Weak economic growth to impact global pork consumption - Rabobank

Impact on consumption likely to be felt throughout 2023
calendar icon 2 May 2023
clock icon 2 minute read

Weaker economic growth is beginning to take a toll on global pork consumption, according to Ranobank's Q2 Global Pork Quarterly report. Despite early signs that the worst of the inflationary impact may have already passed, the lagged impact on consumption is likely to be felt throughout 2023.

In a slowing economy pork remains well-positioned, as demand for the protein is historically less income-sensitive than more expensive proteins like beef and premium seafood. Nevertheless, Rabobank sees persistently high retail prices limiting consumption of all proteins. Consumers will continue to conserve capital by shifting everyday purchases to lower-value protein options, switching channels, and moving to smaller pack sizes, according to the report.

Industry optimism in 2022 following a notable upward shift in pork consumption (and prices) in some markets and expectations of a 2023 recovery of pandemic-restricted consumption in others contributed to planned supply growth in 2023. That growth will take time to curb. Slowing supply in Europe will help balance the industry, yet high costs of production and limited consumer support will require a more conservative approach to production to preserve capital.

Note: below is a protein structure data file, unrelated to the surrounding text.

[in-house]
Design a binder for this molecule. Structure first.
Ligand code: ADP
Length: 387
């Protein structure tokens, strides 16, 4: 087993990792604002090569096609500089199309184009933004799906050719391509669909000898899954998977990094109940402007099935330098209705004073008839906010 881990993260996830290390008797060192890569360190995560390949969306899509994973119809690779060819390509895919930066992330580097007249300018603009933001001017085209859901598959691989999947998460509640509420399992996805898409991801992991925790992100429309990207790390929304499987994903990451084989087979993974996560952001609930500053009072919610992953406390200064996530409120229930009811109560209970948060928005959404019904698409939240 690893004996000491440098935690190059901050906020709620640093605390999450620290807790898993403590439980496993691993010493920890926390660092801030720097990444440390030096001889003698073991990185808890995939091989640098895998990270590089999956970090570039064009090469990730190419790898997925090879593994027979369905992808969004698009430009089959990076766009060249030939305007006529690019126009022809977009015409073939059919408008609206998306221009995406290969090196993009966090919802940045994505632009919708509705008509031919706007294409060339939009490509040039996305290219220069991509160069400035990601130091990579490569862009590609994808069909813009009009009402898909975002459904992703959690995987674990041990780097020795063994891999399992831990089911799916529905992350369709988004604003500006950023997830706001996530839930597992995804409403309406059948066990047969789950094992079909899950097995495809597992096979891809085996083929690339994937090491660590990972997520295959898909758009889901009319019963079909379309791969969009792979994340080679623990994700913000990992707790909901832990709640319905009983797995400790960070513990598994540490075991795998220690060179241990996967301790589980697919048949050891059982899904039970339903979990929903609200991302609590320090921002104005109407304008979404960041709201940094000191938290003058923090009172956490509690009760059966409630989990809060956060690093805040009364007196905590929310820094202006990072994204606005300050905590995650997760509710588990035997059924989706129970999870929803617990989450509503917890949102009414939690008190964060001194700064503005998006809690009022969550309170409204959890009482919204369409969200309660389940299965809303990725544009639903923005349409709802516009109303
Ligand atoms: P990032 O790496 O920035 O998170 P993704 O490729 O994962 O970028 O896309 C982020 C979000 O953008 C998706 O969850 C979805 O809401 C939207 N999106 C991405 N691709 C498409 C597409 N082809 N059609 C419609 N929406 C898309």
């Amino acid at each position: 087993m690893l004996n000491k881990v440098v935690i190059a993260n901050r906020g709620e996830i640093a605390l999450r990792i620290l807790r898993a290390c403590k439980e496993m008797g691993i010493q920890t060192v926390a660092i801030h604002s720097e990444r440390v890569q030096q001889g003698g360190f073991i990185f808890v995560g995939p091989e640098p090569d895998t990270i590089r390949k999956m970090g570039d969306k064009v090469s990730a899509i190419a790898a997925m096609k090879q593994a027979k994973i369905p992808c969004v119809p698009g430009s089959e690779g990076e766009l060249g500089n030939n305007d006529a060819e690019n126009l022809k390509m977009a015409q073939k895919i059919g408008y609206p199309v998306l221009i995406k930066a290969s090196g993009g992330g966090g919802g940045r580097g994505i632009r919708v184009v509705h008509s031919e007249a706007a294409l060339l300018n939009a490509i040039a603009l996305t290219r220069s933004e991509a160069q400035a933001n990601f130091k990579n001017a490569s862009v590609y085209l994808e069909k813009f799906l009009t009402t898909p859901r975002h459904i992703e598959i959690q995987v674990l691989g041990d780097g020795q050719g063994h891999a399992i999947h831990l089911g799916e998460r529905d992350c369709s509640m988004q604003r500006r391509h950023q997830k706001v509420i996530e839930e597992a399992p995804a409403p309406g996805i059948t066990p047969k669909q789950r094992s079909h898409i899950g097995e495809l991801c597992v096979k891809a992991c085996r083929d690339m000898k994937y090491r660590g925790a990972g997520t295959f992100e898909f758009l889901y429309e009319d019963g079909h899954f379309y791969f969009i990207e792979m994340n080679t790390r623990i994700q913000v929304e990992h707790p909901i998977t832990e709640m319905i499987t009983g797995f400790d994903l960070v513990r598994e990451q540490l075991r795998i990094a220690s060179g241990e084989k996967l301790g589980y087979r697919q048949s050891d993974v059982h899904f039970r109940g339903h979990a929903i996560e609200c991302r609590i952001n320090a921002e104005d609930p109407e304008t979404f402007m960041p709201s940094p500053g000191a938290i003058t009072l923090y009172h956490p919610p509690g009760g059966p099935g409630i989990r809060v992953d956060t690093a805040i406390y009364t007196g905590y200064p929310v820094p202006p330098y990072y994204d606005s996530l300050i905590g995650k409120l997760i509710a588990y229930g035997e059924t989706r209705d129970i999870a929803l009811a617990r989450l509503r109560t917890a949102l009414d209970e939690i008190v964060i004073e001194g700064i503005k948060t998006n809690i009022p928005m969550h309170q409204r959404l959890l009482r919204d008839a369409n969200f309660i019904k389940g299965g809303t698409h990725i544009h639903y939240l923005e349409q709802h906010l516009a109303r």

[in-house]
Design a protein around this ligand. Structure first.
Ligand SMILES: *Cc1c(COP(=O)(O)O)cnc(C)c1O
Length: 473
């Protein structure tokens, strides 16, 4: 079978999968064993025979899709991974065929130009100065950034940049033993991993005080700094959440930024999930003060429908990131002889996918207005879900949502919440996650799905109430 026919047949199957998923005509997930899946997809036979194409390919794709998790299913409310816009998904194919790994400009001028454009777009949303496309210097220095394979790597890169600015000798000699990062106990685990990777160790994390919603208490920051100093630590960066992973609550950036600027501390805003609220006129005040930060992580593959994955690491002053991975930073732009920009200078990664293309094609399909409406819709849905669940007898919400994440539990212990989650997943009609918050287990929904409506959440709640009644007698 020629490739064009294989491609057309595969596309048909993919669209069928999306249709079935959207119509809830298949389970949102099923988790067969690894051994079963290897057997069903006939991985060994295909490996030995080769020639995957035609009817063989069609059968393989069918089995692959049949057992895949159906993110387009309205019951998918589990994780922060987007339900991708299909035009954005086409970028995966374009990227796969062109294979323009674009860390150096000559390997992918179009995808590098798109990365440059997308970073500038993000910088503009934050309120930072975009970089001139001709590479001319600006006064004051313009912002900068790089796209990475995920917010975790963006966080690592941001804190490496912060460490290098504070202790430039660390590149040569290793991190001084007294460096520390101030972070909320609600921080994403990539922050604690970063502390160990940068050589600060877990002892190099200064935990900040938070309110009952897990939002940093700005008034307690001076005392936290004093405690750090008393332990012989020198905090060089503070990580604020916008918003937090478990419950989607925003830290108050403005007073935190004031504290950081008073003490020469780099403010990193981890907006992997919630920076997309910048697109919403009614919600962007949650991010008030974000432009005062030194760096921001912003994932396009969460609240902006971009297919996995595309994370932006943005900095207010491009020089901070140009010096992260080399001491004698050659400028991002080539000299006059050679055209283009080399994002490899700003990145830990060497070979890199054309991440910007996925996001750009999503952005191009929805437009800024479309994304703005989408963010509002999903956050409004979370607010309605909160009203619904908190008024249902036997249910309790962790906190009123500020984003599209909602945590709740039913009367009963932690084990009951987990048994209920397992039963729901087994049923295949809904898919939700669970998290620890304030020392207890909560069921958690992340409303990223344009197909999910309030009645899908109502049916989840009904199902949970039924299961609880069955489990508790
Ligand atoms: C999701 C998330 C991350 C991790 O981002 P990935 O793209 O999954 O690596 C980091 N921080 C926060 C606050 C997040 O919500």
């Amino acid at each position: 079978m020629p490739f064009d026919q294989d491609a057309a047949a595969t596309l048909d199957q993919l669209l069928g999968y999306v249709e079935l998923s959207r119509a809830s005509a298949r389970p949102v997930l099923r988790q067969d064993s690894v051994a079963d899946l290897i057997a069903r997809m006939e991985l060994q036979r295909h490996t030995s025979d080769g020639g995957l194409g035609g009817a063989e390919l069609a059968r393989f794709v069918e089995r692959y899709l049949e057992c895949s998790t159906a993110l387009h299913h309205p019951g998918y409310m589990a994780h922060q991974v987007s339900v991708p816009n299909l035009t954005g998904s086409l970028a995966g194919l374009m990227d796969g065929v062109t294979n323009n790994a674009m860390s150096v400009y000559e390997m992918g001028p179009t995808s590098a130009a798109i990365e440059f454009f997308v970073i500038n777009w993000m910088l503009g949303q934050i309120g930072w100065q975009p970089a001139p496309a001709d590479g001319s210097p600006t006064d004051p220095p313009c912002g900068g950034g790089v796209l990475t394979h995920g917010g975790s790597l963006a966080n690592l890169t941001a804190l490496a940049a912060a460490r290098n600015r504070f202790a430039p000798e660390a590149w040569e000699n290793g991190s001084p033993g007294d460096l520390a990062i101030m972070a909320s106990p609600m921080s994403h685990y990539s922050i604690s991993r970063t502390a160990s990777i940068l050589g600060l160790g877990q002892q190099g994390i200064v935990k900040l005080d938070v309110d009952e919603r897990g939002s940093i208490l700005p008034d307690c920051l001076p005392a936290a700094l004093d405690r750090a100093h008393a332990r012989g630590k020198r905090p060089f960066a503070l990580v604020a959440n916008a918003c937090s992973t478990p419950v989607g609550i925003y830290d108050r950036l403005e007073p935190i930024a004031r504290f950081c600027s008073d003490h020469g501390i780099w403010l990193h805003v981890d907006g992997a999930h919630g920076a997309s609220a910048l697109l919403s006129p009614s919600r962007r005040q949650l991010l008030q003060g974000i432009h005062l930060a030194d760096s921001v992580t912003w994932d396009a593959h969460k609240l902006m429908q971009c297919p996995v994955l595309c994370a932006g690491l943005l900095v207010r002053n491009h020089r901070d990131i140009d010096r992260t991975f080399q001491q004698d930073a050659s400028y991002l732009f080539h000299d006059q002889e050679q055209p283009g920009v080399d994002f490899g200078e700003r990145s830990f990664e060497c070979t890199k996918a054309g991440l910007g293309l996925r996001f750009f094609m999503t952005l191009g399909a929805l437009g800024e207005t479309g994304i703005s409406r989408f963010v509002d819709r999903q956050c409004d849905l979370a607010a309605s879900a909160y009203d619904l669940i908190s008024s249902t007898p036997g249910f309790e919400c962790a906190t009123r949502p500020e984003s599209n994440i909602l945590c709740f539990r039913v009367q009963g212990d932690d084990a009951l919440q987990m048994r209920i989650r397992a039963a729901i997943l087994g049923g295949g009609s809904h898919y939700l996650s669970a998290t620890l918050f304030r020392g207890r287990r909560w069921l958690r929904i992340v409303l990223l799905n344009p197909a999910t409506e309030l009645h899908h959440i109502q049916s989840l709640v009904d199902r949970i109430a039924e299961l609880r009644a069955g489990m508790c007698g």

Although a modest improvement in production costs is expected in 2023, local conditions will vary and risk management will remain critical to success, Rabobank said. Global feed stocks are at historically low levels, and availability remains tight. A disappointing Argentine harvest will partially offset Brazil’s record 2023 soybean crop, and the small global cushion in grain and oilseed stocks is expected to drive additional feed cost volatility in 2023.

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